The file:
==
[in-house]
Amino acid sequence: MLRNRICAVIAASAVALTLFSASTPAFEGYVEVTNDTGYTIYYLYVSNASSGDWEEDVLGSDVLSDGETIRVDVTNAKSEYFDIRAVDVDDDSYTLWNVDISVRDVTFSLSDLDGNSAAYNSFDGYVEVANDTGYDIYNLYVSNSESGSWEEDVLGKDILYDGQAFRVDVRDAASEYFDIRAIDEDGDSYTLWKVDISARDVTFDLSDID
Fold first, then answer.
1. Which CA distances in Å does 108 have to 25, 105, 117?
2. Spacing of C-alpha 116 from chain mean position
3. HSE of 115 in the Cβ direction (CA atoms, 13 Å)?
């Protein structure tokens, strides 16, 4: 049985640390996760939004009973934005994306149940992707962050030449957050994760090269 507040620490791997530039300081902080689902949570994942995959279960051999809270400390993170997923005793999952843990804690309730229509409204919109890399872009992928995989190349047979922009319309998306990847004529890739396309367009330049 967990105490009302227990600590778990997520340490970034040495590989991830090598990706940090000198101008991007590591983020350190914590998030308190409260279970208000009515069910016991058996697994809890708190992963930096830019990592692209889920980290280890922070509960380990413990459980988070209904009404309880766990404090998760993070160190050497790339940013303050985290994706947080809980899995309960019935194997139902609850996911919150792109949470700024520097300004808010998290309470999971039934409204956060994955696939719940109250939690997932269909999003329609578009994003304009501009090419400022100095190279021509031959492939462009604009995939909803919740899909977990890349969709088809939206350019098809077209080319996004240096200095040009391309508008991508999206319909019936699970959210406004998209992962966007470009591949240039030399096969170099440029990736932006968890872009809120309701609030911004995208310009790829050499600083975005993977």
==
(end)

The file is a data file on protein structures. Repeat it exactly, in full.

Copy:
[in-house]
Amino acid sequence: MLRNRICAVIAASAVALTLFSASTPAFEGYVEVTNDTGYTIYYLYVSNASSGDWEEDVLGSDVLSDGETIRVDVTNAKSEYFDIRAVDVDDDSYTLWNVDISVRDVTFSLSDLDGNSAAYNSFDGYVEVANDTGYDIYNLYVSNSESGSWEEDVLGKDILYDGQAFRVDVRDAASEYFDIRAIDEDGDSYTLWKVDISARDVTFDLSDID
Fold first, then answer.
1. Which CA distances in Å does 108 have to 25, 105, 117?
2. Spacing of C-alpha 116 from chain mean position
3. HSE of 115 in the Cβ direction (CA atoms, 13 Å)?
């Protein structure tokens, strides 16, 4: 049985640390996760939004009973934005994306149940992707962050030449957050994760090269 507040620490791997530039300081902080689902949570994942995959279960051999809270400390993170997923005793999952843990804690309730229509409204919109890399872009992928995989190349047979922009319309998306990847004529890739396309367009330049 967990105490009302227990600590778990997520340490970034040495590989991830090598990706940090000198101008991007590591983020350190914590998030308190409260279970208000009515069910016991058996697994809890708190992963930096830019990592692209889920980290280890922070509960380990413990459980988070209904009404309880766990404090998760993070160190050497790339940013303050985290994706947080809980899995309960019935194997139902609850996911919150792109949470700024520097300004808010998290309470999971039934409204956060994955696939719940109250939690997932269909999003329609578009994003304009501009090419400022100095190279021509031959492939462009604009995939909803919740899909977990890349969709088809939206350019098809077209080319996004240096200095040009391309508008991508999206319909019936699970959210406004998209992962966007470009591949240039030399096969170099440029990736932006968890872009809120309701609030911004995208310009790829050499600083975005993977």